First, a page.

External Validity in Research
In the previous article, we have developed an understanding of the concepts of internal validity. Now in this article, we will learn about external validity in research.
External validity is basically the extent up to which the findings of your investigation can be applied to other settings. In this article, our research paper writing team is providing you with a guide for improving the external validity of research results.
What is External Validity?
The term “external validity” relates to how effectively a study’s findings can be expected to apply in other situations. In other words, the generalizability of the findings is determined by this form of validity. Are the findings applicable to different persons, contexts, events, or time periods, for example?
External validity refers to the extent to which a study’s findings may be applied to other contexts. External validity, in simple terms, indicates that the findings or conclusions gained from your research can be applied to other studies. In terms of external validity, the findings of the study can be applied to other situations.
External validity threats: Factors affecting the external validity
The two important factors which might create a threat to the external validity of research results are:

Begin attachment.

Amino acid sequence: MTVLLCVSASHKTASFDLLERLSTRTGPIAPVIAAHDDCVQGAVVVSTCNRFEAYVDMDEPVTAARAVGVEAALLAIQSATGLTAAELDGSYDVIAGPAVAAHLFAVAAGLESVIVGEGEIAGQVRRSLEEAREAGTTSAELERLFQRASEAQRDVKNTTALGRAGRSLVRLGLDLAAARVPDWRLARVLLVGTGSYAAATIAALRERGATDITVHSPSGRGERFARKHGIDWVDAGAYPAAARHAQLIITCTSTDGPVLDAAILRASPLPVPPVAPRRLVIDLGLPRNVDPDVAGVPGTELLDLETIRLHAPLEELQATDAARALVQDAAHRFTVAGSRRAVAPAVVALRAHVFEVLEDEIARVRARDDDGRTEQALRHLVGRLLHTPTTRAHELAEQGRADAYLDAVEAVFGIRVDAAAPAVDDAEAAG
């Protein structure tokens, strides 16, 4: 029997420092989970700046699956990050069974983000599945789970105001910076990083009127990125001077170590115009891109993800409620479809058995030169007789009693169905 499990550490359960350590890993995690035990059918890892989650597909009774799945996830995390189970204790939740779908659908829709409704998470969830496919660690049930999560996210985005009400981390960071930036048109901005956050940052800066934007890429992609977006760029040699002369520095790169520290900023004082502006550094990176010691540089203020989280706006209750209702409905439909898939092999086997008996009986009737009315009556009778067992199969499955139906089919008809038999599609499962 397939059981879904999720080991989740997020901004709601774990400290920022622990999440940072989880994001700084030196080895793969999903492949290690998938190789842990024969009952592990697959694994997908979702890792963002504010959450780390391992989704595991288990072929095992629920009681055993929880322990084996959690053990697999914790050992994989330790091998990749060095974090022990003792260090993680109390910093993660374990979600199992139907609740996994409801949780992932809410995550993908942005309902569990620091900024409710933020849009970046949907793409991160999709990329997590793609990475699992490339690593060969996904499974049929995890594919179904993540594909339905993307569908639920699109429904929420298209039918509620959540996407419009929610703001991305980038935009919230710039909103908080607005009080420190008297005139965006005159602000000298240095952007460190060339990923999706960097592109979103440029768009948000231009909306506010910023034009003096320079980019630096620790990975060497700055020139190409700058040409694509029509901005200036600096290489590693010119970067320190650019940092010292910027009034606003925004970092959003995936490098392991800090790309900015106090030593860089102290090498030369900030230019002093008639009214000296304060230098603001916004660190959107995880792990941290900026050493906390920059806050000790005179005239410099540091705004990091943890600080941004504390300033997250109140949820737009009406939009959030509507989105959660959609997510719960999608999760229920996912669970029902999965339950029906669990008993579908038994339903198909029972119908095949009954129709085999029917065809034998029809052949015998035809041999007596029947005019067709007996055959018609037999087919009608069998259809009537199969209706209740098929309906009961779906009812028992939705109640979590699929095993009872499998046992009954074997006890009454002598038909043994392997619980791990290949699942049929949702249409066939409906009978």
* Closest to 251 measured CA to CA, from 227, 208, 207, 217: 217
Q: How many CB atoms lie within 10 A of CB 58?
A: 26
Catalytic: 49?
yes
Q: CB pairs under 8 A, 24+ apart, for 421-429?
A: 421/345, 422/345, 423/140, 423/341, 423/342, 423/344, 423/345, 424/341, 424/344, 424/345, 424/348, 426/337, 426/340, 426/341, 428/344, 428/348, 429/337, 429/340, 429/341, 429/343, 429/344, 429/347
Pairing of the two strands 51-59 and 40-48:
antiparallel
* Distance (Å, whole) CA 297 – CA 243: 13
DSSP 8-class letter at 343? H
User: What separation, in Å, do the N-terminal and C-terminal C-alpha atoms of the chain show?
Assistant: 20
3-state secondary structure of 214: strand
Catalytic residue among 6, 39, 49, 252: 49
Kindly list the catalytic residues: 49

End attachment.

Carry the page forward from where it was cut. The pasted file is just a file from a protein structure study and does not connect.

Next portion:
|Testing||In relation to pre-testing, the behavior of participants can have a significant influence on research outcomes.||The researcher has utilized the questionnaire technique in the pre-test which has influence participants to think about job satisfaction.|
|An unrelated occurrence has an impact on the outcome.||A natural disaster strikes a neighboring state just before the pre-test. As a result, anxiety levels before to the test are higher than they could otherwise be.
|Biasness in Selection of participants||The difference in characteristics of the population from where participants are selected.||For instance, in earlier studies researchers might have chosen older people as participants. People participating in the present investigation may be younger. Therefore, you cannot provide a general conclusion.|